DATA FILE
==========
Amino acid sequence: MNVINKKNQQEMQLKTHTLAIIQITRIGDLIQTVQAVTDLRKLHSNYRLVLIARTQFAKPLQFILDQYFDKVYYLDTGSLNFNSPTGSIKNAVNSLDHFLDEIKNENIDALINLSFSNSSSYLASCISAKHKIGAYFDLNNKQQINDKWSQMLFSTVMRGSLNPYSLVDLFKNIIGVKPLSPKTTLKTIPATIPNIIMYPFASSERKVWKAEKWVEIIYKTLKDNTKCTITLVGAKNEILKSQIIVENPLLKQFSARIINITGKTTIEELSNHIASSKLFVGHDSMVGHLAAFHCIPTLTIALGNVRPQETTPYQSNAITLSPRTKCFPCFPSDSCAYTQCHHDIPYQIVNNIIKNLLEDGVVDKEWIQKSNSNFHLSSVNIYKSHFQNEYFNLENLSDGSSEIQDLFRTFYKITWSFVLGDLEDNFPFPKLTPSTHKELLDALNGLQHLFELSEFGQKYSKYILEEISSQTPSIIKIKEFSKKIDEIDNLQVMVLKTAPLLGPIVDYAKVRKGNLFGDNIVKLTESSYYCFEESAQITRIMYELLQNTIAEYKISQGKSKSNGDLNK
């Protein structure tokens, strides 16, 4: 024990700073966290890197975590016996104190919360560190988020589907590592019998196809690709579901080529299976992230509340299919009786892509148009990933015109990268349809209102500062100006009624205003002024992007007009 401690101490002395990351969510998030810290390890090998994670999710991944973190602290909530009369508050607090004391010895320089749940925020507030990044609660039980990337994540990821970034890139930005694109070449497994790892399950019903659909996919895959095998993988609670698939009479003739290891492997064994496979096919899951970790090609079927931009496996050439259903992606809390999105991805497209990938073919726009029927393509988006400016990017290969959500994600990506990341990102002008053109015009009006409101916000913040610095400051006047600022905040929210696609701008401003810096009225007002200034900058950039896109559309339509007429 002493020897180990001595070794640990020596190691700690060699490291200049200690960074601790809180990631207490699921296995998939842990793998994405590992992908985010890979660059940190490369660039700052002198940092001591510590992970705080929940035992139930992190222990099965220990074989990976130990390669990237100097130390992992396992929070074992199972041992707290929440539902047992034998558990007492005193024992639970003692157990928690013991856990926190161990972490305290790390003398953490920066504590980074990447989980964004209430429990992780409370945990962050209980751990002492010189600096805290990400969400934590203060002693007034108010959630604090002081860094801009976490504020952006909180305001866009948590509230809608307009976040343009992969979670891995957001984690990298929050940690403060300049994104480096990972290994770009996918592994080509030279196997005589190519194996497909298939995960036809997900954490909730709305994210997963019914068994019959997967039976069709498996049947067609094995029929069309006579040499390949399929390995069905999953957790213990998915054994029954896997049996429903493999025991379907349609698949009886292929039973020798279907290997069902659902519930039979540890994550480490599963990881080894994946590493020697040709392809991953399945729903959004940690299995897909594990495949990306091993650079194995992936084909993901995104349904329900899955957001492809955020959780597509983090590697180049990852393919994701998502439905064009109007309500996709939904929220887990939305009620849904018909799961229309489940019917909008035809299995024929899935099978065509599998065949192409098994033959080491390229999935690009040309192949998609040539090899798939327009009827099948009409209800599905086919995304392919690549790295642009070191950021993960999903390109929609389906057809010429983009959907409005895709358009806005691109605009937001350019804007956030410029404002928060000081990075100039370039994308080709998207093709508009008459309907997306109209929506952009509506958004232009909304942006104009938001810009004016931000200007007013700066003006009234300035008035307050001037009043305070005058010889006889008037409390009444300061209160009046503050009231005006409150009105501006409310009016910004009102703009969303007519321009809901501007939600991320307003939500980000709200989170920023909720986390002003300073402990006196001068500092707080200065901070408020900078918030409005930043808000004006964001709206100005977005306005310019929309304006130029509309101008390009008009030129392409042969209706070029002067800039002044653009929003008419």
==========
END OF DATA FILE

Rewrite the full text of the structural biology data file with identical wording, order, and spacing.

Amino acid sequence: MNVINKKNQQEMQLKTHTLAIIQITRIGDLIQTVQAVTDLRKLHSNYRLVLIARTQFAKPLQFILDQYFDKVYYLDTGSLNFNSPTGSIKNAVNSLDHFLDEIKNENIDALINLSFSNSSSYLASCISAKHKIGAYFDLNNKQQINDKWSQMLFSTVMRGSLNPYSLVDLFKNIIGVKPLSPKTTLKTIPATIPNIIMYPFASSERKVWKAEKWVEIIYKTLKDNTKCTITLVGAKNEILKSQIIVENPLLKQFSARIINITGKTTIEELSNHIASSKLFVGHDSMVGHLAAFHCIPTLTIALGNVRPQETTPYQSNAITLSPRTKCFPCFPSDSCAYTQCHHDIPYQIVNNIIKNLLEDGVVDKEWIQKSNSNFHLSSVNIYKSHFQNEYFNLENLSDGSSEIQDLFRTFYKITWSFVLGDLEDNFPFPKLTPSTHKELLDALNGLQHLFELSEFGQKYSKYILEEISSQTPSIIKIKEFSKKIDEIDNLQVMVLKTAPLLGPIVDYAKVRKGNLFGDNIVKLTESSYYCFEESAQITRIMYELLQNTIAEYKISQGKSKSNGDLNK
């Protein structure tokens, strides 16, 4: 024990700073966290890197975590016996104190919360560190988020589907590592019998196809690709579901080529299976992230509340299919009786892509148009990933015109990268349809209102500062100006009624205003002024992007007009 401690101490002395990351969510998030810290390890090998994670999710991944973190602290909530009369508050607090004391010895320089749940925020507030990044609660039980990337994540990821970034890139930005694109070449497994790892399950019903659909996919895959095998993988609670698939009479003739290891492997064994496979096919899951970790090609079927931009496996050439259903992606809390999105991805497209990938073919726009029927393509988006400016990017290969959500994600990506990341990102002008053109015009009006409101916000913040610095400051006047600022905040929210696609701008401003810096009225007002200034900058950039896109559309339509007429 002493020897180990001595070794640990020596190691700690060699490291200049200690960074601790809180990631207490699921296995998939842990793998994405590992992908985010890979660059940190490369660039700052002198940092001591510590992970705080929940035992139930992190222990099965220990074989990976130990390669990237100097130390992992396992929070074992199972041992707290929440539902047992034998558990007492005193024992639970003692157990928690013991856990926190161990972490305290790390003398953490920066504590980074990447989980964004209430429990992780409370945990962050209980751990002492010189600096805290990400969400934590203060002693007034108010959630604090002081860094801009976490504020952006909180305001866009948590509230809608307009976040343009992969979670891995957001984690990298929050940690403060300049994104480096990972290994770009996918592994080509030279196997005589190519194996497909298939995960036809997900954490909730709305994210997963019914068994019959997967039976069709498996049947067609094995029929069309006579040499390949399929390995069905999953957790213990998915054994029954896997049996429903493999025991379907349609698949009886292929039973020798279907290997069902659902519930039979540890994550480490599963990881080894994946590493020697040709392809991953399945729903959004940690299995897909594990495949990306091993650079194995992936084909993901995104349904329900899955957001492809955020959780597509983090590697180049990852393919994701998502439905064009109007309500996709939904929220887990939305009620849904018909799961229309489940019917909008035809299995024929899935099978065509599998065949192409098994033959080491390229999935690009040309192949998609040539090899798939327009009827099948009409209800599905086919995304392919690549790295642009070191950021993960999903390109929609389906057809010429983009959907409005895709358009806005691109605009937001350019804007956030410029404002928060000081990075100039370039994308080709998207093709508009008459309907997306109209929506952009509506958004232009909304942006104009938001810009004016931000200007007013700066003006009234300035008035307050001037009043305070005058010889006889008037409390009444300061209160009046503050009231005006409150009105501006409310009016910004009102703009969303007519321009809901501007939600991320307003939500980000709200989170920023909720986390002003300073402990006196001068500092707080200065901070408020900078918030409005930043808000004006964001709206100005977005306005310019929309304006130029509309101008390009008009030129392409042969209706070029002067800039002044653009929003008419």